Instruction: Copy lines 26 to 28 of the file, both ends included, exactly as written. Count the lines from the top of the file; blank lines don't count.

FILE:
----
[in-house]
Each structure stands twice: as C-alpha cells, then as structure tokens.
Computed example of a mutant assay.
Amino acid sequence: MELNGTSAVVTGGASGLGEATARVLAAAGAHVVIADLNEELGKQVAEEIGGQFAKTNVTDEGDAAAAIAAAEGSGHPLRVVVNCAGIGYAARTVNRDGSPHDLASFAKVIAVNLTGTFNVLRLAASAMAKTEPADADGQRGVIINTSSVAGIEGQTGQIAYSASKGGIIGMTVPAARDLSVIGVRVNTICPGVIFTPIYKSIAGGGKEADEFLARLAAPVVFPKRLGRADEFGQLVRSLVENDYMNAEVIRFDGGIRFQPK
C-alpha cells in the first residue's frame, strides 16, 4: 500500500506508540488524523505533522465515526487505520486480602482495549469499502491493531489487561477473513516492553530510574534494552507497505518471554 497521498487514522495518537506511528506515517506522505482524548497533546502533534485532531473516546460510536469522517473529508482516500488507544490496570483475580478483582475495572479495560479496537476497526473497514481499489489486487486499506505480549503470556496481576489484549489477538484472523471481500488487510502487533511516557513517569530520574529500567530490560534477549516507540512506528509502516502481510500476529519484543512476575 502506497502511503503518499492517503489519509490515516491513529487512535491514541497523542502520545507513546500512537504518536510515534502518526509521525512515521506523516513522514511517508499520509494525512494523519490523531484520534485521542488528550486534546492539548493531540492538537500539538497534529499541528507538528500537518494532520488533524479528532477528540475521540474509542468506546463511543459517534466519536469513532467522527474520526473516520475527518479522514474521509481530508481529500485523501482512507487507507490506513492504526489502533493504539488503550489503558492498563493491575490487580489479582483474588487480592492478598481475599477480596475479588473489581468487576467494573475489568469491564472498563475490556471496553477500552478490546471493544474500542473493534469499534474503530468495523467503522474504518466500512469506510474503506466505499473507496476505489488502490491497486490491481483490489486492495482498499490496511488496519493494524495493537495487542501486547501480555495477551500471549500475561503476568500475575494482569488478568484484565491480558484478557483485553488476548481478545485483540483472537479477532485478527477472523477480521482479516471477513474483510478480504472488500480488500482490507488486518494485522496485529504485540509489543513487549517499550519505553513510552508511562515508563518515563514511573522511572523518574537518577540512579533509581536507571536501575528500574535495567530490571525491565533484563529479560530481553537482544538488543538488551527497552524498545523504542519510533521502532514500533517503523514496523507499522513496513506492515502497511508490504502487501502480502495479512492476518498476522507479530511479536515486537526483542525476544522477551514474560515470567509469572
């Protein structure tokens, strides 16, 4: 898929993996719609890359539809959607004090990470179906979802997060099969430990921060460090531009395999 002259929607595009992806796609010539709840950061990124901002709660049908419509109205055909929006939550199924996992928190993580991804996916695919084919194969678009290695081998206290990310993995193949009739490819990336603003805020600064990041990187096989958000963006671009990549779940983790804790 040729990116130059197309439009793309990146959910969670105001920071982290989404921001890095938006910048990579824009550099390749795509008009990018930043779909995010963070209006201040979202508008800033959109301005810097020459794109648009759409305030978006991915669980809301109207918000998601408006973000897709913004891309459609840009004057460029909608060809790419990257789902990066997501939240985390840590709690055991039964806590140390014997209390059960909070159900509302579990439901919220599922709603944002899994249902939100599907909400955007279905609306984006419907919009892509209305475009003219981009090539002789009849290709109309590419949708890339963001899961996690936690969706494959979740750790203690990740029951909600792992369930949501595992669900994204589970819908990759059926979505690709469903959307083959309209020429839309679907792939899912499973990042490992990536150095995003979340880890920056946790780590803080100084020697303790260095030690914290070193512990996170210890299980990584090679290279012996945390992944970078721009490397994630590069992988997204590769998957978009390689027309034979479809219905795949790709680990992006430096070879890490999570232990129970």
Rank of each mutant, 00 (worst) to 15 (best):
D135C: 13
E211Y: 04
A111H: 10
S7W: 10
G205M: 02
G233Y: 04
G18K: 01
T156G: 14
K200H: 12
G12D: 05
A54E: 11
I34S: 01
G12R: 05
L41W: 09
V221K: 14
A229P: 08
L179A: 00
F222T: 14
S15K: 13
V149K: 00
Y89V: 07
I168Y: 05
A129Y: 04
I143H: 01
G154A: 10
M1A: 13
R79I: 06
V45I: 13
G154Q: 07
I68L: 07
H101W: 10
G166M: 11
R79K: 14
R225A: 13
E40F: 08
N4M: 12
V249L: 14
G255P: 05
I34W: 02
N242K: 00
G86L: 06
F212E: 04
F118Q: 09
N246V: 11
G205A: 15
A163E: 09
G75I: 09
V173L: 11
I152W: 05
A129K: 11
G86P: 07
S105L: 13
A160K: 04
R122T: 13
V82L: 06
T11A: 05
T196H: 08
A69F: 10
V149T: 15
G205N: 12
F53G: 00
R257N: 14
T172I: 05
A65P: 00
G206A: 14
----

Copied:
S15K: 13
V149K: 00
Y89V: 07